Tuesday, December 29, 2009

Set Goals with an Uberlist

It's hard to believe that 2009 is nearly over. Of course, I tend to feel that way most years around this time. Realizing the things I *meant* to do this year but never did is part of the shock of the year being over. Some things are practical (renewing my passport in my married name); others are just fun (going to the zoo, going to a restaurant I've been meaning to try).

I think I have more uncompleted items this year because I didn't make an uberlist for 2009. I didn't know how many other goals I'd have time to achieve after my unwritten to do items of

  • birthing a baby and
  • keeping him alive.

But after succeeding with both items (!) I feel confident with challenging myself with an uberlist again for 2010.

What's an uberlist? It's a list of goals for the year. The goals span multiple areas of life and range from a few hours of commitment to resolution-esque major life improvements.

The uberlist is an idea I borrowed from some friends a few years ago. I find the list better than a New Year's resolution in a number of ways. It is a documented list. Whether on paper or in a spreadsheet an uberlist is a contract with yourself as opposed to a resolution which is often only spoken and often only when asked, while drunk, at a New Year's Eve party. Putting goals into words tends to lead to more concrete items rather than resolutions which can often be very abstract (i.e. "get healthy"). Also, by having multiple goals I avoid putting all my self-improvement into one resolution basket that is likely to dissolve by mid-January. Plus, I get to enhance my life as a whole rather than pick on one perceived flaw.

So, how do you create an uberlist?
First, decide what areas in your life you want to address. Some ideas to consider are health, home/family, social/friends, career, finances, arts & entertainment, education, and the environment. I always include a category for writing, which you may switch with whatever passion you may want to pursue.

Create sections for each category either on a piece of paper or computer document/spreadsheet, and begin setting a few goals for each area of your life. The best goals are

  • Measurable -- You want to "eat less" and "exercise more" next year? I hope you kept good records in order to do that comparison. Instead, try to set a weight loss goal or a calories per day goal (if you intend to keep track) or a minimum number hours/days to exercise each week. If you can't measure your goal how will you know if you achieved it?
  • Within your control -- A lot of unemployed, underemployed, and unhappy people would probably like to "get a new job" in 2010. Great! Unfortunately, they aren't the only one with a say in that. However, setting goals for numbers of resumes and cover letters to send out or networking events to attend are achievable things that can work toward the end goal of a new job. Investing in a new interview suit would also be an appropriate thing to throw on the list.
  • Things you aren't likely to do anyway -- The best uberlist items are those things that you've been meaning to do for a long time. If, for example, you haven't been to the dentist for a few years that could be something to include on an uberlist. On the other hand, if you already scheduled your next 6 month teeth cleaning that's not going to be an achievement worth documenting.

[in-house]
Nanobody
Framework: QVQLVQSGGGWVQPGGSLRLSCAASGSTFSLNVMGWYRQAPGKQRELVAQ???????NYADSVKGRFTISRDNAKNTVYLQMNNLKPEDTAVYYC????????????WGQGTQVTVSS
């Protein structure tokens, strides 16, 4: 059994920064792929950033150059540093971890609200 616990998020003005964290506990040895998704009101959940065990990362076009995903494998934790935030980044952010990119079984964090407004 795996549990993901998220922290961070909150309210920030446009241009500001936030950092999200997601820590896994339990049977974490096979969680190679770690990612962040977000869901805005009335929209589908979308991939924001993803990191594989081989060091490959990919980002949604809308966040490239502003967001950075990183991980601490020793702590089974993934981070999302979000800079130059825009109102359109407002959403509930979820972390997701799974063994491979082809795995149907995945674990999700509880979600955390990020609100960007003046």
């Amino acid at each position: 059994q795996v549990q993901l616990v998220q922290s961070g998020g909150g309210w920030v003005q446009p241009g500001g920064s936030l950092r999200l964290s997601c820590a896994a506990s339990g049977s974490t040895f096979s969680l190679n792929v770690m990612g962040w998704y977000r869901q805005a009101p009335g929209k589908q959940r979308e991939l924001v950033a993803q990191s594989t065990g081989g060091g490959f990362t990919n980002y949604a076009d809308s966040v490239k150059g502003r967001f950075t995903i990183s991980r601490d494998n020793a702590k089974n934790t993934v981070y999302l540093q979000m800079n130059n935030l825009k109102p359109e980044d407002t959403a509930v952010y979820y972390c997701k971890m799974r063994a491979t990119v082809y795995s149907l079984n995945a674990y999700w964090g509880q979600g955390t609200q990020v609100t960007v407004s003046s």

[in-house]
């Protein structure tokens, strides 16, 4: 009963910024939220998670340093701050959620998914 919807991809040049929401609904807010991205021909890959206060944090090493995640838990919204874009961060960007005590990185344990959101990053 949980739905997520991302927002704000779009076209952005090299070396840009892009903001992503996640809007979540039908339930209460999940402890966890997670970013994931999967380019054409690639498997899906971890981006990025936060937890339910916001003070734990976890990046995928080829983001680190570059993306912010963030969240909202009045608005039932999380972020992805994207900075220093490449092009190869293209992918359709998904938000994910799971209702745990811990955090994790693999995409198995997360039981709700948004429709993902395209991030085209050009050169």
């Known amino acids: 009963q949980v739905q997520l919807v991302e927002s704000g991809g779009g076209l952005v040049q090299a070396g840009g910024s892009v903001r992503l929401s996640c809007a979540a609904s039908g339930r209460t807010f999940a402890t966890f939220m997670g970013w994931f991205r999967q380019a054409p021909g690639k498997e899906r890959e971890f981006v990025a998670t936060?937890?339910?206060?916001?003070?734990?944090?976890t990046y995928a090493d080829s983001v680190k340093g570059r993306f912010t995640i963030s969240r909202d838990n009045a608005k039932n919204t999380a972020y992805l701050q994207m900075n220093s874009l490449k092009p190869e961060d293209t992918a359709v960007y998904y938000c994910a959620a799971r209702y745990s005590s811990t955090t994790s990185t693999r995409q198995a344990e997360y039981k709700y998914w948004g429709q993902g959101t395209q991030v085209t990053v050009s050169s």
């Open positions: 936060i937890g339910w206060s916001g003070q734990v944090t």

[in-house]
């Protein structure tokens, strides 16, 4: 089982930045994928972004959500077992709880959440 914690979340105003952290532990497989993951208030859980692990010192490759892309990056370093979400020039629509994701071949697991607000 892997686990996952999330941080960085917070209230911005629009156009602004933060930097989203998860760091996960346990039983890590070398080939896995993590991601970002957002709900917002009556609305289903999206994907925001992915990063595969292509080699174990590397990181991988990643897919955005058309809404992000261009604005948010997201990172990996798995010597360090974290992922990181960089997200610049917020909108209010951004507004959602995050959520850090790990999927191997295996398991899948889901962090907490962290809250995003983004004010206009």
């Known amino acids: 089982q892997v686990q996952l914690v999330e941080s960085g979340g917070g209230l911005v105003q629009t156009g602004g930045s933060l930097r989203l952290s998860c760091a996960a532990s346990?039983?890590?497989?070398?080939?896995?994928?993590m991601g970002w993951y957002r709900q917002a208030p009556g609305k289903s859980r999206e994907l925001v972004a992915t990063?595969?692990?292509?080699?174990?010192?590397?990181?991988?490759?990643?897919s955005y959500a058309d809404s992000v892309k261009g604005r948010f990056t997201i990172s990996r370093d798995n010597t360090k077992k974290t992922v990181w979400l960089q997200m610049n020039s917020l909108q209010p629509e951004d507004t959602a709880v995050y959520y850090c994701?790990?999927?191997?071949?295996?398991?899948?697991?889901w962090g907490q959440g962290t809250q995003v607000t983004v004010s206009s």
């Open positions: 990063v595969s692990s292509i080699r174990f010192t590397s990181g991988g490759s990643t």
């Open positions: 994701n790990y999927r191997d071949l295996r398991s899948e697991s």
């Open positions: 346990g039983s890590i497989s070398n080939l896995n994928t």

• Include some fun items -- Leisure is important. Whether you don't tend to find time for entertainment or are just in a rut for leisure activities your uberlist is a good place to ensure some fun in the new year. Been saying for a while that you should invite the neighbors over for dinner? Put it on the list. Been wanting to actually use that museum membership? Put it on the list. Even if there's just a movie that you've been meaning to watch; put it on the list. Of course, self and home improvement goals are good too, but be sure to balance the work with the play.
  • Aren't superlative -- Unless you are giving up an addiction such as smoking, it is usually best to avoid goals that involve "always" or "never" doing something. Give yourself some leeway. Word your goals in terms of doing something "at least" or "no more than" a certain number of times per day/week/month. This will give you some wiggle room before you feel like you've failed. 
Keep your list somewhere so that you will check it often. For items that are completed once, mark them off as you do them. For other items ("bring my lunch to work at least 3 times per week," "go to at least 4 plays") create sublists or use a calendar to mark you progress.

Being a project manager by trade I often put target dates on a number of my goals to help space them through the year, but that's up to you. You could also include shared portions of an uberlist for family goals.

Have I convinced you of the joy of an uberlist? What will you put on yours?

1 comment:

red pen mama said...

My New Year's resolution is to create an uber-list!

sorry, couldn't resist.

This is definitely food for thought. I do have goals of 1. being able to exercise to get back in shape; 2. get back in shape enough to start running in the spring. To accomplish those I should add: 3. Get to the chiropractor every week!


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